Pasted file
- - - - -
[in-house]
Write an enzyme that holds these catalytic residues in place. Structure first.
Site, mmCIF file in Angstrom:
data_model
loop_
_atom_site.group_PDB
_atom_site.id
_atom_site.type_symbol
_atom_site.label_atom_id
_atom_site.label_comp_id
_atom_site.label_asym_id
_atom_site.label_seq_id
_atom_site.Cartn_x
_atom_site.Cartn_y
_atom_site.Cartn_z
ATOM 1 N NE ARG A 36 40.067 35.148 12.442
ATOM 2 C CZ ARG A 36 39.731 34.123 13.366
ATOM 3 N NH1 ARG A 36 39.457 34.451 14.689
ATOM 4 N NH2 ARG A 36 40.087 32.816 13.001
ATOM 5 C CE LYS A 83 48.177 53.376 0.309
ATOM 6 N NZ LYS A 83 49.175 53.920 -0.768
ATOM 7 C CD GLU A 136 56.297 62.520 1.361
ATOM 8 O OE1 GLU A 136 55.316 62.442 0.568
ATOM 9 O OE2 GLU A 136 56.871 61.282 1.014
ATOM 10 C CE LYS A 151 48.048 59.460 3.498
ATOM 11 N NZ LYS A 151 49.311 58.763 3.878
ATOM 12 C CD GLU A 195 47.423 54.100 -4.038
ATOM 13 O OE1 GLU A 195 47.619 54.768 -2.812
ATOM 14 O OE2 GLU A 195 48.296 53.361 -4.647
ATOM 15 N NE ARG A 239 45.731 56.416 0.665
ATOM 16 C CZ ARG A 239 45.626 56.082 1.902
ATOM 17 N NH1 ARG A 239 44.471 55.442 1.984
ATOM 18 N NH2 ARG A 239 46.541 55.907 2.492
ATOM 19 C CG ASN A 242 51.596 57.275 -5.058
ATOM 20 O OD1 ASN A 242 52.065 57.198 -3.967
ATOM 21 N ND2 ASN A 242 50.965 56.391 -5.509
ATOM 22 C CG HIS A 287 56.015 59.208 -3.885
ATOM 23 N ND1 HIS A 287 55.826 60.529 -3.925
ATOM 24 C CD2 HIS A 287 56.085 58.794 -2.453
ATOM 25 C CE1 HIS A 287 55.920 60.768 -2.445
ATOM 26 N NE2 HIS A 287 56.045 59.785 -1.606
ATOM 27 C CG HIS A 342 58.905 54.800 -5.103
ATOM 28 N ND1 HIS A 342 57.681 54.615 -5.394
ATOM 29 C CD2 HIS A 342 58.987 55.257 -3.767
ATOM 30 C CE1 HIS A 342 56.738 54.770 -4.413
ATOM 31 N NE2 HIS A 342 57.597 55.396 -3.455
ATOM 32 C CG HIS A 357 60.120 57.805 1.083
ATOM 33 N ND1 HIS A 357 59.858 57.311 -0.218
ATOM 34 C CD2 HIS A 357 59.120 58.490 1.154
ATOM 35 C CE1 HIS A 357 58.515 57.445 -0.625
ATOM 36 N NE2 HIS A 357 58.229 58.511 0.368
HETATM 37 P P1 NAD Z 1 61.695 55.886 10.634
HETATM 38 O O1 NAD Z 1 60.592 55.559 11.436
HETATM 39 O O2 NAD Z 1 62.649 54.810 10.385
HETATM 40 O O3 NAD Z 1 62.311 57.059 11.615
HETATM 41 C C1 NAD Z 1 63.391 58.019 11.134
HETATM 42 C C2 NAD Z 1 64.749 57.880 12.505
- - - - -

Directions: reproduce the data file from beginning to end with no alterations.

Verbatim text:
[in-house]
Write an enzyme that holds these catalytic residues in place. Structure first.
Site, mmCIF file in Angstrom:
data_model
loop_
_atom_site.group_PDB
_atom_site.id
_atom_site.type_symbol
_atom_site.label_atom_id
_atom_site.label_comp_id
_atom_site.label_asym_id
_atom_site.label_seq_id
_atom_site.Cartn_x
_atom_site.Cartn_y
_atom_site.Cartn_z
ATOM 1 N NE ARG A 36 40.067 35.148 12.442
ATOM 2 C CZ ARG A 36 39.731 34.123 13.366
ATOM 3 N NH1 ARG A 36 39.457 34.451 14.689
ATOM 4 N NH2 ARG A 36 40.087 32.816 13.001
ATOM 5 C CE LYS A 83 48.177 53.376 0.309
ATOM 6 N NZ LYS A 83 49.175 53.920 -0.768
ATOM 7 C CD GLU A 136 56.297 62.520 1.361
ATOM 8 O OE1 GLU A 136 55.316 62.442 0.568
ATOM 9 O OE2 GLU A 136 56.871 61.282 1.014
ATOM 10 C CE LYS A 151 48.048 59.460 3.498
ATOM 11 N NZ LYS A 151 49.311 58.763 3.878
ATOM 12 C CD GLU A 195 47.423 54.100 -4.038
ATOM 13 O OE1 GLU A 195 47.619 54.768 -2.812
ATOM 14 O OE2 GLU A 195 48.296 53.361 -4.647
ATOM 15 N NE ARG A 239 45.731 56.416 0.665
ATOM 16 C CZ ARG A 239 45.626 56.082 1.902
ATOM 17 N NH1 ARG A 239 44.471 55.442 1.984
ATOM 18 N NH2 ARG A 239 46.541 55.907 2.492
ATOM 19 C CG ASN A 242 51.596 57.275 -5.058
ATOM 20 O OD1 ASN A 242 52.065 57.198 -3.967
ATOM 21 N ND2 ASN A 242 50.965 56.391 -5.509
ATOM 22 C CG HIS A 287 56.015 59.208 -3.885
ATOM 23 N ND1 HIS A 287 55.826 60.529 -3.925
ATOM 24 C CD2 HIS A 287 56.085 58.794 -2.453
ATOM 25 C CE1 HIS A 287 55.920 60.768 -2.445
ATOM 26 N NE2 HIS A 287 56.045 59.785 -1.606
ATOM 27 C CG HIS A 342 58.905 54.800 -5.103
ATOM 28 N ND1 HIS A 342 57.681 54.615 -5.394
ATOM 29 C CD2 HIS A 342 58.987 55.257 -3.767
ATOM 30 C CE1 HIS A 342 56.738 54.770 -4.413
ATOM 31 N NE2 HIS A 342 57.597 55.396 -3.455
ATOM 32 C CG HIS A 357 60.120 57.805 1.083
ATOM 33 N ND1 HIS A 357 59.858 57.311 -0.218
ATOM 34 C CD2 HIS A 357 59.120 58.490 1.154
ATOM 35 C CE1 HIS A 357 58.515 57.445 -0.625
ATOM 36 N NE2 HIS A 357 58.229 58.511 0.368
HETATM 37 P P1 NAD Z 1 61.695 55.886 10.634
HETATM 38 O O1 NAD Z 1 60.592 55.559 11.436
HETATM 39 O O2 NAD Z 1 62.649 54.810 10.385
HETATM 40 O O3 NAD Z 1 62.311 57.059 11.615
HETATM 41 C C1 NAD Z 1 63.391 58.019 11.134
HETATM 42 C C2 NAD Z 1 64.749 57.880 12.505